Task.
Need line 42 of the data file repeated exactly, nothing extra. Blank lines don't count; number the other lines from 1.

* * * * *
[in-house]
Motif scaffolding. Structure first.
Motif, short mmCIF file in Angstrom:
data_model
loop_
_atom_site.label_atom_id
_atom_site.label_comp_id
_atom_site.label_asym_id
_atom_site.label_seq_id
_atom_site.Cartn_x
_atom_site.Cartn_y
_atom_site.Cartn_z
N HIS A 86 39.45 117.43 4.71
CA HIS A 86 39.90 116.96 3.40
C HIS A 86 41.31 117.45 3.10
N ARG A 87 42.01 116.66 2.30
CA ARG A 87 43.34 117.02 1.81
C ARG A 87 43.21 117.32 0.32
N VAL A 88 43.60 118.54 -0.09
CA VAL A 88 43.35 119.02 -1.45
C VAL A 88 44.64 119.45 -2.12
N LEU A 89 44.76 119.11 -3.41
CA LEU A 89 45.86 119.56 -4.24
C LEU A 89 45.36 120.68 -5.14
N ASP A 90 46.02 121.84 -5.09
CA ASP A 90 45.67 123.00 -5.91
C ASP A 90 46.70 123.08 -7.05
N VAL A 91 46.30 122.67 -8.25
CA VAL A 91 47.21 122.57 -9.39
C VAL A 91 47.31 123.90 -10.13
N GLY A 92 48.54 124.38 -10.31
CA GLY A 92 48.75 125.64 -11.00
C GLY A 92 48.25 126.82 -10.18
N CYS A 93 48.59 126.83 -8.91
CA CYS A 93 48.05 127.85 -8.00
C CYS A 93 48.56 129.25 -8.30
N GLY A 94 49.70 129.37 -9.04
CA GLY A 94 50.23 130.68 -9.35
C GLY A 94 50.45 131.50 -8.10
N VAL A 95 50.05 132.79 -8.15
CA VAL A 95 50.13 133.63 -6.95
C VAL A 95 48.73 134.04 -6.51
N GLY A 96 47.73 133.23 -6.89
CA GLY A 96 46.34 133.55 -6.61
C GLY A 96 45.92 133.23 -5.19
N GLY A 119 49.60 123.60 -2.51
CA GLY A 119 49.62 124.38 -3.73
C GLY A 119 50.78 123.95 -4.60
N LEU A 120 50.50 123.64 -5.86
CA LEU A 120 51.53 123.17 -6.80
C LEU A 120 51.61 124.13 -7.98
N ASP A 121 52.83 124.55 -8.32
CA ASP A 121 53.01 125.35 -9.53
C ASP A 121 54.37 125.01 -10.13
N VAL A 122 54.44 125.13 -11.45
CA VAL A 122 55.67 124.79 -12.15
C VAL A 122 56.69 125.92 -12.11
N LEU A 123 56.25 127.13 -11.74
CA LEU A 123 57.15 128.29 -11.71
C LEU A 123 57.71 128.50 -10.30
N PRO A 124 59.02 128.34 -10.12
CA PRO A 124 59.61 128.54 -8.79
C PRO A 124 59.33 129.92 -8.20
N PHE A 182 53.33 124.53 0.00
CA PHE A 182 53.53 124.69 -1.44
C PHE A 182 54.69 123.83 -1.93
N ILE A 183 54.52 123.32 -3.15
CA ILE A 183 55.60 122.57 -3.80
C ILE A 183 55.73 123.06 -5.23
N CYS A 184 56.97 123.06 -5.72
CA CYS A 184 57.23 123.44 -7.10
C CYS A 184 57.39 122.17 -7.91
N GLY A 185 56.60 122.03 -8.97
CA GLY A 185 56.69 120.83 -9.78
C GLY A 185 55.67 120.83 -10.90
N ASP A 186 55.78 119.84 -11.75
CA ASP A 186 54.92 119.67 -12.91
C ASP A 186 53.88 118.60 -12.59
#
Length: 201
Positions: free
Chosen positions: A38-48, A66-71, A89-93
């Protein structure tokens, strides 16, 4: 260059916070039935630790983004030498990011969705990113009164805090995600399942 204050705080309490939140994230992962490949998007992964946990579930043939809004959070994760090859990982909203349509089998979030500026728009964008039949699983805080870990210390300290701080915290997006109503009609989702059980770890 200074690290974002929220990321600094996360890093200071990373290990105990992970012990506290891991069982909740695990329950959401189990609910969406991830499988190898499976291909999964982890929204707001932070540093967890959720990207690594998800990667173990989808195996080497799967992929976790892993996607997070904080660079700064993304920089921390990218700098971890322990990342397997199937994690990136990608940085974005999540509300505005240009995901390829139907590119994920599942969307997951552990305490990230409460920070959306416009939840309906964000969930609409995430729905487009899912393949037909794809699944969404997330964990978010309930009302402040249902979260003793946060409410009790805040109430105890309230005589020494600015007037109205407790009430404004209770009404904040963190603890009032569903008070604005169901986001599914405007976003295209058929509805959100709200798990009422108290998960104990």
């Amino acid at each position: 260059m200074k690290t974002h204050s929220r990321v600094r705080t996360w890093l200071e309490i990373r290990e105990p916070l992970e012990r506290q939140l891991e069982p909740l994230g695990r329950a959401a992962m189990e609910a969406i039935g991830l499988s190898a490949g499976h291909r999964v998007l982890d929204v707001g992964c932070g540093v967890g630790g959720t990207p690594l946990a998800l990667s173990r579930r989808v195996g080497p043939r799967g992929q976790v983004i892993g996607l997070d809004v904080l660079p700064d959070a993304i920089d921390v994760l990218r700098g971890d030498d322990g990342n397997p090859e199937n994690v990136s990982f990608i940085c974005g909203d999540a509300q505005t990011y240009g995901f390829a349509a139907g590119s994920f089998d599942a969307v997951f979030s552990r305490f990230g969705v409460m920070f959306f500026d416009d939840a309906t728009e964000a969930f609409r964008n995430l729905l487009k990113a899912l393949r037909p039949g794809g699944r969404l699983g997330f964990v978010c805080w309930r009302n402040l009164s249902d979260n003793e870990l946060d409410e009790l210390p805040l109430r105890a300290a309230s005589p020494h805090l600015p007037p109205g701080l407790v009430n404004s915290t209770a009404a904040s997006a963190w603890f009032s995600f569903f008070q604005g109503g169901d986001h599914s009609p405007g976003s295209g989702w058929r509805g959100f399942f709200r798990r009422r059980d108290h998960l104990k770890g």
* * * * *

C VAL A 95 48.73 134.04 -6.51